Popular English composer Harry Dacre wrote “Daisy Bell (A Bicycle Built for Two)” in 1892 after being forced to pay an import duty on his bicycle while entering the United States. One of his friends remarked: "It's lucky you didn't bring a bicycle built for two, otherwise you'd have to pay double duty." Dacre loved the sound of "bicycle built for two" so much, he had to use it in a song.
The 1926 popular song “The Red Red Robin Goes Bob Bob Bobbin’ Along” was written by songwriter Harry M. Woods. Though he originally heard it sung by his friend Sophie Tucker, Al Jolson took this song to the top of the charts.
"Blue Skies" by Irving Berlin was the breakout hit from the otherwise unremarkable musical Betsy , which only ran for 39 performances. Audiences on opening night demanding two encores of the song from star Belle Baker, though she forgot her lyrics during the second reprise and Irving Berlin sang them from his seat in the front row. It was also one of the first songs to be featured in the pioneering Hollywood talkie The Jazz Singer, starring Al Jolson. According to Sophie Tucker, she sang it first in Chicago in her show called LeMaire’s Affairs. Here is another great version done by Frank Sinatra.
This recording of Sophie singing “Blue Skies” comes from a Radio Hall of Fame show honoring Tucker on April 30, 1944.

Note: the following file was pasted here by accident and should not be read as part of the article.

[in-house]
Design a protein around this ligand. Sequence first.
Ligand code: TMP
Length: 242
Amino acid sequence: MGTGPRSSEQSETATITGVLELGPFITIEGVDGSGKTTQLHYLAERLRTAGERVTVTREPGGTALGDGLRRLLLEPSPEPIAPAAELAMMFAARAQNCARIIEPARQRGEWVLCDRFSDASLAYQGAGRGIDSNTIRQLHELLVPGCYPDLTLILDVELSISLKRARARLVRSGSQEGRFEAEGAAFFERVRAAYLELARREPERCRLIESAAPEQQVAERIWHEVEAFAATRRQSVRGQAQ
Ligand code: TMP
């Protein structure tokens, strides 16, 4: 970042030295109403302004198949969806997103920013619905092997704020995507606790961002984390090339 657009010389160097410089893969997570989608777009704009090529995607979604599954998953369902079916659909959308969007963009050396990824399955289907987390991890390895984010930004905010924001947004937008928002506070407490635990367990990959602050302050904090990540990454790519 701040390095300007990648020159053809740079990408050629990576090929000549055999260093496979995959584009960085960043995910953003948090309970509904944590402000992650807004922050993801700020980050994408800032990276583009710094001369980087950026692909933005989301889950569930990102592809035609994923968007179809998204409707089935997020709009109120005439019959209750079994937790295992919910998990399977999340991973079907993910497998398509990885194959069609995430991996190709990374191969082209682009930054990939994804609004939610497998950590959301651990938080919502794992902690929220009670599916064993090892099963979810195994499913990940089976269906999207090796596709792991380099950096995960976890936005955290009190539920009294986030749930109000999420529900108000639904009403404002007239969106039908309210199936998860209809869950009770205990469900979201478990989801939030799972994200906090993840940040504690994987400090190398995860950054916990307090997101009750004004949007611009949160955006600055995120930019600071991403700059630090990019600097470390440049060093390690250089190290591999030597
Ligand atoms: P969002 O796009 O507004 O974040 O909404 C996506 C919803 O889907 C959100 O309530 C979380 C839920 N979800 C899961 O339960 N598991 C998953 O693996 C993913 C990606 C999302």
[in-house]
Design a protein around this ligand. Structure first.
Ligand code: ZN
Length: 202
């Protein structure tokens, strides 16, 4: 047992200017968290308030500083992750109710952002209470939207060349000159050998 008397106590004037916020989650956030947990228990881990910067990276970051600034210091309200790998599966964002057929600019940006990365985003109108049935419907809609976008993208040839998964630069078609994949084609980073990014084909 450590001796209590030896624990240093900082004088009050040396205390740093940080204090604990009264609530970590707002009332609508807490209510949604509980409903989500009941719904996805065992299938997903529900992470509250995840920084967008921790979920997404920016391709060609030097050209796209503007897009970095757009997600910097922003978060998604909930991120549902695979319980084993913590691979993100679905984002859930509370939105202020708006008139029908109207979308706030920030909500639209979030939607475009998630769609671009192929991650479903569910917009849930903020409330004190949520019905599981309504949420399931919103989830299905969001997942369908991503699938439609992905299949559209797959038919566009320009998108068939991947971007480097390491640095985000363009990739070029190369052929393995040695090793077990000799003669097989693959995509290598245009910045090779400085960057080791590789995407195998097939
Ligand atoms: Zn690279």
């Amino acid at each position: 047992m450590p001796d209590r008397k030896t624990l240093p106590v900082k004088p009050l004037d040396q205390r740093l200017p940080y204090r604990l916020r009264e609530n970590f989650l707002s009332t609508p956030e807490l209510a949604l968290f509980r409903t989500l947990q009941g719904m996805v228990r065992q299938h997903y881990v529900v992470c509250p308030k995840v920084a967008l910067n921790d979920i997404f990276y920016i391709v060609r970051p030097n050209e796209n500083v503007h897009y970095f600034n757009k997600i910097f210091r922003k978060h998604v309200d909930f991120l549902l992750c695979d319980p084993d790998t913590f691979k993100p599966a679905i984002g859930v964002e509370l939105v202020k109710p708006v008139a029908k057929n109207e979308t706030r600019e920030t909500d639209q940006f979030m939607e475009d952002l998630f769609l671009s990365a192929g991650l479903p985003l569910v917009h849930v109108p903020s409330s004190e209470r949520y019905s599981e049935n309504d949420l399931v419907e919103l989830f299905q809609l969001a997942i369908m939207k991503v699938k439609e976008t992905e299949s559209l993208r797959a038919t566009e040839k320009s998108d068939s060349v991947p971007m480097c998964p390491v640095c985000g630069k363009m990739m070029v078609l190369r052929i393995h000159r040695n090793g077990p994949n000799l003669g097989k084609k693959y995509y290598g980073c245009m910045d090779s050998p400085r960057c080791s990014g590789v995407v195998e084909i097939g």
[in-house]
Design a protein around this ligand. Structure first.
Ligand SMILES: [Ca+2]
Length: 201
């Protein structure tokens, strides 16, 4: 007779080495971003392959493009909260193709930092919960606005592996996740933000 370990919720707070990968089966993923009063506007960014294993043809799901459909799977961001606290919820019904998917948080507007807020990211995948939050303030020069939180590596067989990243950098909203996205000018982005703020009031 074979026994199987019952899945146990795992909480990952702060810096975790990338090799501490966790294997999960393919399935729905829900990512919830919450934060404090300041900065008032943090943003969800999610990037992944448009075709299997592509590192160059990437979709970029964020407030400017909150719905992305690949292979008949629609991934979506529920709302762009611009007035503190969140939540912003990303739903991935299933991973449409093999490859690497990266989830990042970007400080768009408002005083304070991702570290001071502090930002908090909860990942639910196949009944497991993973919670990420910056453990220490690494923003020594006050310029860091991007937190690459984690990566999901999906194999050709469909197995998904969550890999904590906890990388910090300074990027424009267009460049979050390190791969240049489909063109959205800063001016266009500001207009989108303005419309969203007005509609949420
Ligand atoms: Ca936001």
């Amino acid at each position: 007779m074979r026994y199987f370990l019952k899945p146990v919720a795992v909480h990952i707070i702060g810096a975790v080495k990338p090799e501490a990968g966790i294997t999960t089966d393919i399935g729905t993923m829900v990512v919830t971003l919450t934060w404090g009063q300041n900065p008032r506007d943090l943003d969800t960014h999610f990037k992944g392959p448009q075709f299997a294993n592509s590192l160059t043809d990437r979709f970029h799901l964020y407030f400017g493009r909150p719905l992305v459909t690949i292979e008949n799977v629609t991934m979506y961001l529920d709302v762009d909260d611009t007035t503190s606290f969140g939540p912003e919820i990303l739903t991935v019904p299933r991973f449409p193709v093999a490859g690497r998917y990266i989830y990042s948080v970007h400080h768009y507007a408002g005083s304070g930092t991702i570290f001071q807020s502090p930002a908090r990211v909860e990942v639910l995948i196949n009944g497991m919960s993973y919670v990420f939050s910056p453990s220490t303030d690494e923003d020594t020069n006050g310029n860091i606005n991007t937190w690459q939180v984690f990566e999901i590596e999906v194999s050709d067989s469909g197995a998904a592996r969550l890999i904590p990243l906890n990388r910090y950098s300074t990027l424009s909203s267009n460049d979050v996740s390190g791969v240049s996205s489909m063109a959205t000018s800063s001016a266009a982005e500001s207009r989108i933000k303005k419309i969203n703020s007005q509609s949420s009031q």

“Shine On, Harvest Moon” is the name of a popular early-1900’s song credited to the husband and wife Vaudeville team Nora Bayes and Jack Norworth, which they debuted in the Ziegfeld Follies of 1908. During the Vaudeville era, songs were often sold outright and the purchaser would become the songwriter of record. The real songwriter was either the team of Edward Madden and Gus Edwards or Dave Stamper, who contributed songs to twenty-one editions of the Ziegfeld Follies and was Bayes' pianist from 1903 to 1908. Whoever wrote it, Sophie claimed she sang it to Nora first. This version is from the 1939 Laurel and Hardy movie Flying Deuces.
Since the September 11, 2001 terrorist attacks, "God Bless America" is commonly sung during the seventh-inning stretch in Major League Baseball games, in other sporting events during halftime or between periods, and during the intermissions of similar events. It was just as popular in World War I and II, and every other conflict since. Many people don’t know that it was Irving Berlin who wrote this patriotic tune in 1918.